When my mind wanders to the topic of my favorite one-hit wonders, Norman Greenbaum’s “Spirit In The Sky” usually floats to the top of the pool fairly quickly. I like too many one-hit wonders to be able to sort out an utter favorite, but Greenbaum’s fuzz-drenched single – which went to No. 3 in the spring of 1970 – would certainly be one of the finalists. I’ve seen it lumped in at times with other hit songs of its era that actively promoted religion (see “Put Your Hand In The Hand” by Ocean, as an example), but I don’t think “Spirit In The Sky” is quite as clear in its theology. Not that it matters when the guitar solo hits.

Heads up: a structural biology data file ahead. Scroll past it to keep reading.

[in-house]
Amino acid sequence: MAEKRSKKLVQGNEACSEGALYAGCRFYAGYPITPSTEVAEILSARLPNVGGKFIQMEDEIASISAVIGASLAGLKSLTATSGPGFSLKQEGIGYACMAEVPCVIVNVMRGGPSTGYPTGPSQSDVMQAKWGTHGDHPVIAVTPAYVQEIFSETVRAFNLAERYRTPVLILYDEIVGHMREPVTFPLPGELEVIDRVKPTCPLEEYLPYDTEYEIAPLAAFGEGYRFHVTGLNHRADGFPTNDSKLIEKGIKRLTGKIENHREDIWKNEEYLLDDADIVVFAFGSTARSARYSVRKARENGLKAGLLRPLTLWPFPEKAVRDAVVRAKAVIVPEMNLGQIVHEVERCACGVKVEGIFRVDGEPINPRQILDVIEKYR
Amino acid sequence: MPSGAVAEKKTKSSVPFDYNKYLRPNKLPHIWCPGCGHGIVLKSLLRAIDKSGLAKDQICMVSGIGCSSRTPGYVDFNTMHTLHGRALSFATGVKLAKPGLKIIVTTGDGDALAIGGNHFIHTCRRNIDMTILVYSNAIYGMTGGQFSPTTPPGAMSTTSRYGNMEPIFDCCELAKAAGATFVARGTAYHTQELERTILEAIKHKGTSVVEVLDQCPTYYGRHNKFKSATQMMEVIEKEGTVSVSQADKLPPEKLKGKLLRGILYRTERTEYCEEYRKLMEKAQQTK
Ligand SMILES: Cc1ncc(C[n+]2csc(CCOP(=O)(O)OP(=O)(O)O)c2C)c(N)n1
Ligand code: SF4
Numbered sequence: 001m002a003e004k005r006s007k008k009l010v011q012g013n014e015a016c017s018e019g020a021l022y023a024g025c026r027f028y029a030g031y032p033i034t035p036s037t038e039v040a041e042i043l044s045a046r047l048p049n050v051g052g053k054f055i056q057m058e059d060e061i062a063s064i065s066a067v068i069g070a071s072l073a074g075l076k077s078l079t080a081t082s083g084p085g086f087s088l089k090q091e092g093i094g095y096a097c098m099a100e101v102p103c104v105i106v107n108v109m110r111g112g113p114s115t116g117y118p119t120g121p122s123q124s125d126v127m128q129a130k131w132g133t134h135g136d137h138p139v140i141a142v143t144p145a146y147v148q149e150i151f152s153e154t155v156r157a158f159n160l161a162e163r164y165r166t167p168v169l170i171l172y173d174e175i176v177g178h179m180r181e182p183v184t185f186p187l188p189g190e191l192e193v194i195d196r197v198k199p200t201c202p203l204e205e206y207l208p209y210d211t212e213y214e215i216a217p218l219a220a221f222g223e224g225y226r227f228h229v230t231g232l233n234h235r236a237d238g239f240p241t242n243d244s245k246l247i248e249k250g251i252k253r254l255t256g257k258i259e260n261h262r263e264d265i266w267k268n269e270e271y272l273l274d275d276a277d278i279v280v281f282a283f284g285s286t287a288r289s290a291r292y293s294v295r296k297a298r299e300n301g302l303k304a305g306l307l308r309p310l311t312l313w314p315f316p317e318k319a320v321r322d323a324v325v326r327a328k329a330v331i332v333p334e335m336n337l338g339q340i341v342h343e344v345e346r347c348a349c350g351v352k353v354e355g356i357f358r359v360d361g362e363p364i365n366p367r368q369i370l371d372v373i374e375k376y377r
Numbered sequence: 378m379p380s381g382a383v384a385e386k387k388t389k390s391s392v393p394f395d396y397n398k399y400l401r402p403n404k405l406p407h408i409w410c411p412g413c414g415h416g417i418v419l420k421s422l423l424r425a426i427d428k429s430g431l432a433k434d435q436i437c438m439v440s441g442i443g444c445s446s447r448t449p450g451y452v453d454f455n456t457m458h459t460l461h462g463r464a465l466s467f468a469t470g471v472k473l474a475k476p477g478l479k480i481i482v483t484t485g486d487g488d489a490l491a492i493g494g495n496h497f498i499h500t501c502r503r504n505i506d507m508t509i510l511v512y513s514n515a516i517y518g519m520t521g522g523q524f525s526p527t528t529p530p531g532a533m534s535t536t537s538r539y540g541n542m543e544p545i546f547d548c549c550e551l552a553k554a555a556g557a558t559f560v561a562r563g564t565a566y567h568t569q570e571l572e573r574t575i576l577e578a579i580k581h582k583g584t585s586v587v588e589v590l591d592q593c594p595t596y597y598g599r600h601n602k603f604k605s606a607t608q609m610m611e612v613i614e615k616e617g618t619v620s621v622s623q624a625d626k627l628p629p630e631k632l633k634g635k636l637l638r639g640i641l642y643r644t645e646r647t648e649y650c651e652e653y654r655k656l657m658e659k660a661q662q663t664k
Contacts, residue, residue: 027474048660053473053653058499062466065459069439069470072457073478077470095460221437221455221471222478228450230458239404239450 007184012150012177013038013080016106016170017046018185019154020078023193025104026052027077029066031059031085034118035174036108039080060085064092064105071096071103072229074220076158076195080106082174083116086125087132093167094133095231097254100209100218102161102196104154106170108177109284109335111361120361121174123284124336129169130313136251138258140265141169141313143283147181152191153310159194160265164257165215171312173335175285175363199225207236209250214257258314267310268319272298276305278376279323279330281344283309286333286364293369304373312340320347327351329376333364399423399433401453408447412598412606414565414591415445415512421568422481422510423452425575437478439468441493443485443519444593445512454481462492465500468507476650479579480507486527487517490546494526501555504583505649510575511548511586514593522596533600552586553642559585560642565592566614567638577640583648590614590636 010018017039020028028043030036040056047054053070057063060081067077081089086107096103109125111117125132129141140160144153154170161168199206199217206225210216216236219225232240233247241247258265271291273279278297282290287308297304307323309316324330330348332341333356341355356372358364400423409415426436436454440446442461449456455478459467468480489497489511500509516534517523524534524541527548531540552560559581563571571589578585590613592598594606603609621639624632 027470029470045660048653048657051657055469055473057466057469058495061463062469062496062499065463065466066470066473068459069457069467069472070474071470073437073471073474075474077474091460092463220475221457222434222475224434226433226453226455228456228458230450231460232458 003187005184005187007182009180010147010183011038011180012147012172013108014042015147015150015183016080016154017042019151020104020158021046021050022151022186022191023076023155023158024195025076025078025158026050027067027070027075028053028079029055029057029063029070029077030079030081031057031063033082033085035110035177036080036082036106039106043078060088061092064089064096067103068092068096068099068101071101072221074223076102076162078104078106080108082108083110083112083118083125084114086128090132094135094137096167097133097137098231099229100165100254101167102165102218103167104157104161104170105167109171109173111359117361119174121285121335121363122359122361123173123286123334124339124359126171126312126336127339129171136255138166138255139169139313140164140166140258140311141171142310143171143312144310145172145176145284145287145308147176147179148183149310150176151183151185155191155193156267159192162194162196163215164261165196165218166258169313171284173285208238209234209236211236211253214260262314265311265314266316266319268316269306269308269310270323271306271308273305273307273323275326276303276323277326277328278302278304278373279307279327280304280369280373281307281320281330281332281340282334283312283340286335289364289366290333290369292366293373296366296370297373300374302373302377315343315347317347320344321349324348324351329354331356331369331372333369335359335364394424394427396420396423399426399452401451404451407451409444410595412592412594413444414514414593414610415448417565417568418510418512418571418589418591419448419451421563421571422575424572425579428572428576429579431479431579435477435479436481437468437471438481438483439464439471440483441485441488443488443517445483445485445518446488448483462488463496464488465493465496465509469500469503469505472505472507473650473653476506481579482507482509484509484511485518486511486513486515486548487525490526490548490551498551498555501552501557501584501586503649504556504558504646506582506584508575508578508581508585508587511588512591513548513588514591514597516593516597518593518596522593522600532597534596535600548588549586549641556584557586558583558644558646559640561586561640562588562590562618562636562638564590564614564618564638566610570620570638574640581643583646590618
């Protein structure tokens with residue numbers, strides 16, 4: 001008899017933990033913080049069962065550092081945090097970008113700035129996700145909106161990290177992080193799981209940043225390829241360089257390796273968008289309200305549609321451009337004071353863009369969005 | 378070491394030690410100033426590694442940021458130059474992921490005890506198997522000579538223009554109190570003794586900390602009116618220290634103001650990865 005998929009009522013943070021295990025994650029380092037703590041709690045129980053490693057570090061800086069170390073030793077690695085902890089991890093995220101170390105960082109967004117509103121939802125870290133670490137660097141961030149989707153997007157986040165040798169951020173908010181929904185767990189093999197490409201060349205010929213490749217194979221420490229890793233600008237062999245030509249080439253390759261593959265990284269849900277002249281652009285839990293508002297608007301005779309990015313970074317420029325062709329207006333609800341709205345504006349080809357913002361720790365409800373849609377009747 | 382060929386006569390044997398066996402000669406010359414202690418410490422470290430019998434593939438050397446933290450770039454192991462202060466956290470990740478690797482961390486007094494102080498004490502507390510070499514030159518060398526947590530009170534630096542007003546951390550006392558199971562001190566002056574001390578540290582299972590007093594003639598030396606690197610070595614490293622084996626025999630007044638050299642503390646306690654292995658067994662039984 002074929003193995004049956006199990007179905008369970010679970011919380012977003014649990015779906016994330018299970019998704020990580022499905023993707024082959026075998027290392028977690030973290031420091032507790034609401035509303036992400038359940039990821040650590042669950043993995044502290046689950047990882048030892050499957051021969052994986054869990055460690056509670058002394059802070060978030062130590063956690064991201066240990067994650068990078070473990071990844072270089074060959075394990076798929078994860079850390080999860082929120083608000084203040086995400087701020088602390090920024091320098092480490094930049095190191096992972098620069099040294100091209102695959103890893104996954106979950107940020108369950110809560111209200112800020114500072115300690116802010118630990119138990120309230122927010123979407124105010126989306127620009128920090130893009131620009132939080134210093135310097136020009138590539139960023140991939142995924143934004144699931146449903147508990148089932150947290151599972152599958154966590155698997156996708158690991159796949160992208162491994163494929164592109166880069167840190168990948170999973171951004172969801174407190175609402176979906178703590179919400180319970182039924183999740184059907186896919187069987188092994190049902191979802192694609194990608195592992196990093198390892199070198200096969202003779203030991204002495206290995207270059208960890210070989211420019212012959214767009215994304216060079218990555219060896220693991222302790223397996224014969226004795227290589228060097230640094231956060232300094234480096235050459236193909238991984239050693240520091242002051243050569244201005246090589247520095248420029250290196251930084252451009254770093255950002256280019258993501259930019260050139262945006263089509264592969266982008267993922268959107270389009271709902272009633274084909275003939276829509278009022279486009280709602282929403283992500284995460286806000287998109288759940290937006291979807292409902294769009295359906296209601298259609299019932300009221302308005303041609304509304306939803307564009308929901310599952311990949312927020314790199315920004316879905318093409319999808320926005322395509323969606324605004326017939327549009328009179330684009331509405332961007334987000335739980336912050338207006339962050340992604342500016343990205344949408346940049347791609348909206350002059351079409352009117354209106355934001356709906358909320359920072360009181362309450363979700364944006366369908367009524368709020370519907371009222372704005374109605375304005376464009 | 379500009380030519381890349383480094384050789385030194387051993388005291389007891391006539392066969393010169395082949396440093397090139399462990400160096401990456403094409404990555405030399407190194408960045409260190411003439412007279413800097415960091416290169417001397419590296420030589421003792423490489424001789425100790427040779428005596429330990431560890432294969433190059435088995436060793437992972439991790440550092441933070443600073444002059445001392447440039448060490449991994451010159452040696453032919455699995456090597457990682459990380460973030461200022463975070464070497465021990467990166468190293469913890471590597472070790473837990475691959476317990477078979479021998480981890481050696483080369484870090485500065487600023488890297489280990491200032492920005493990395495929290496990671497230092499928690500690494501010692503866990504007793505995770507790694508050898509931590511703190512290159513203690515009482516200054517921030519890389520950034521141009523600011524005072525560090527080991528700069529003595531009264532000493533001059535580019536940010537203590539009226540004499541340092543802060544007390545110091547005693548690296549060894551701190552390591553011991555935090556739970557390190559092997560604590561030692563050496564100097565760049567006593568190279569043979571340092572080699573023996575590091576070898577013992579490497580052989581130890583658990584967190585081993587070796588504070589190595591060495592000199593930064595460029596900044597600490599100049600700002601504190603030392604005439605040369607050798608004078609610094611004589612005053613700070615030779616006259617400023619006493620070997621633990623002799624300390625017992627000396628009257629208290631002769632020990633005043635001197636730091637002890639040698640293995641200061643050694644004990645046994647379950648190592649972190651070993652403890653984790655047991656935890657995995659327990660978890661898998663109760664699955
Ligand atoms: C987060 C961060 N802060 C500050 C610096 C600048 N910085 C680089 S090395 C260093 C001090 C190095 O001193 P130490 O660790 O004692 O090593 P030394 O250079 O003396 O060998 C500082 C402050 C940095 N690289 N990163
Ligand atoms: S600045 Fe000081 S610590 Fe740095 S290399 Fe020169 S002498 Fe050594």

The shimmering and jangly “Dreams” remains an enigma to me. It’s not the lyrics, which tell a pretty straight-forward tale. Nor is it the music, per se. What still puzzles me is Dolores Riordan’s odd keening. Don’t get me wrong, I like it. But it’s such an odd sound – I like odd sounds, sometimes – that I sometimes wonder at the popularity of the Cranberries during the 1990s.  When I first heard the Cranberries sometime around 1993 – almost certainly on Minneapolis’ Cities 97 – I was intrigued but I figured I’d be part of a minority. If so, it was a substantial minority, as the Cranberries did quite well: The group’s debut, Everybody Else Is Doing It, So Why Can’t We?, was a Top 20 album and “Dreams” made it to No. 42 in the Billboard Hot 100. After that, the three succeeding albums went to No. 6, No. 4 and No. 13 before 2001’s Wake Up And Smell The Coffee reached only No. 46. That’s a pretty good run; I won’t say “Dreams” is the best the group did in that run, but it is the track I like the best.